Image: Facebook/@COTRCinemalaya

‘Children of the River’ reminds us why kids are wiser than we think

August 13th, 2019
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Indie films tend to be the world of adults, where stories hit too close to home that it can get difficult to watch. It was refreshing that a movie like “Children of the River” by Maricel Cabrera-Cariaga was part of this year’s slate, one which brings back the innocence and heartbreaks of childhood.

children of the river

(L-R) Ricky Oriarte, Dave Justine Francis, Junya Santarin and Noel Comia Jr. Image: Facebook/@COTRCinemalaya

This coming-of-age film has heart, but no unnecessary drama as it tackles the fear of coming out and the fear of loss. It chronicles four friends living in a community of soldiers in Quirino province, bonded as their fathers battle in the Marawi siege.

Elias (Noel Comia Jr.) is an endearing mama’s boy, Pepsy (Junya Santarin) is feisty and frank, Agol (Ricky Oriarte) is a gentle giant and Robin (Dave Justine Francis) is the gutsy rascal.

Elias is kind to all and does his best to obey mom’s rules. However, he fears disappointing on one aspect: that he is falling in love with visitor Ted (Juancho Triviño), any girl’s (or boy’s) tall, dark and handsome teenage dream.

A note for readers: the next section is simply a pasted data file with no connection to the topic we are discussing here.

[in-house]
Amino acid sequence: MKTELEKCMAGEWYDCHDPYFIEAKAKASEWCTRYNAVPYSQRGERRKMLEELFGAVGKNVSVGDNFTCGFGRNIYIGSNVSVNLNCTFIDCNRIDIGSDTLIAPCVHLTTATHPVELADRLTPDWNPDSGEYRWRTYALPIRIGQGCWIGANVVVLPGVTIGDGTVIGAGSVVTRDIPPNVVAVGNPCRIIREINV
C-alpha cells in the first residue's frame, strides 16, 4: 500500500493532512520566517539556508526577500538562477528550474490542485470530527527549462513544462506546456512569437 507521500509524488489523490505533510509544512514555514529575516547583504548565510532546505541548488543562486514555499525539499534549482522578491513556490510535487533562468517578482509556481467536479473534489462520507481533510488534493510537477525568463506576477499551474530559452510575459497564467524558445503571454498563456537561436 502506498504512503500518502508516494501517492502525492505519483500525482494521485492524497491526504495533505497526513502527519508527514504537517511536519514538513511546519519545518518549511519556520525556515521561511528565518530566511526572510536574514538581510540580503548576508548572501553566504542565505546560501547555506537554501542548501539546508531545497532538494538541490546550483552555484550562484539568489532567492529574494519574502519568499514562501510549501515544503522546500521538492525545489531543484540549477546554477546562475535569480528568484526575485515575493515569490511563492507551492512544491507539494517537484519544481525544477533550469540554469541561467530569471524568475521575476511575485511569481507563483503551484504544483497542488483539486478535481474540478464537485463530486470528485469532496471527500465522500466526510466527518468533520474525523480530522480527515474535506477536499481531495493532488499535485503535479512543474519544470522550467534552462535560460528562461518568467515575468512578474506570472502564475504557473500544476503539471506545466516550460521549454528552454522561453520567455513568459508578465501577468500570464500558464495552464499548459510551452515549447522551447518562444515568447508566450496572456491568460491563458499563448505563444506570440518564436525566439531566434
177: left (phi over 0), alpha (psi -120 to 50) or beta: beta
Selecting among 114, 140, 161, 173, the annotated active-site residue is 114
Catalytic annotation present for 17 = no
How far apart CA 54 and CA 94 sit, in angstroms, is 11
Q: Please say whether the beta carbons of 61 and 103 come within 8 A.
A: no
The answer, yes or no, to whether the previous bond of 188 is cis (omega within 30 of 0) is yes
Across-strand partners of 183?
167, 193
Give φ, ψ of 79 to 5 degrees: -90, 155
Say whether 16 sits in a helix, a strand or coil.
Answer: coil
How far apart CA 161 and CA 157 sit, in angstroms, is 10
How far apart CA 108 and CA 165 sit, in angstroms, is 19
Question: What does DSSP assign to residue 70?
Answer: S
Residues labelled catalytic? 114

Elias’ fear of rejection over his sexual orientation is heightened because of how boys treat each other in his community. They curse, pick fights and use “bakla” (gay) as a slur. Does a gentle soul like him have a place here?

One night after a party, a drunk Ted falls asleep on a bench outside Elias’ house. Elias decides to watch over him through the night, but gets a fever the next day. Afraid of his feelings, he avoids Ted, but has difficulty recovering from his illness.

Here, kids are wiser than we realize: As the friends try to cure Elias’ sickness, they are sources of comfort too as Elias comes to terms with being gay. “Tanggap kita” (I accept you) is a phrase said more than once, with reassurances that Elias has done nothing wrong.

The film shows the importance of community, whether it is dealing with your identity, standing up to a bully or coping with grief. Despite the heavy themes, the film feels as calm as a childhood summer should; the kids’ sincere and natural acting add charm to the movie’s relaxed pace.

If kids can figure out that being different and being vulnerable is OK, why can’t we? “Children of the River” proves we can do better for our kids by learning from them.

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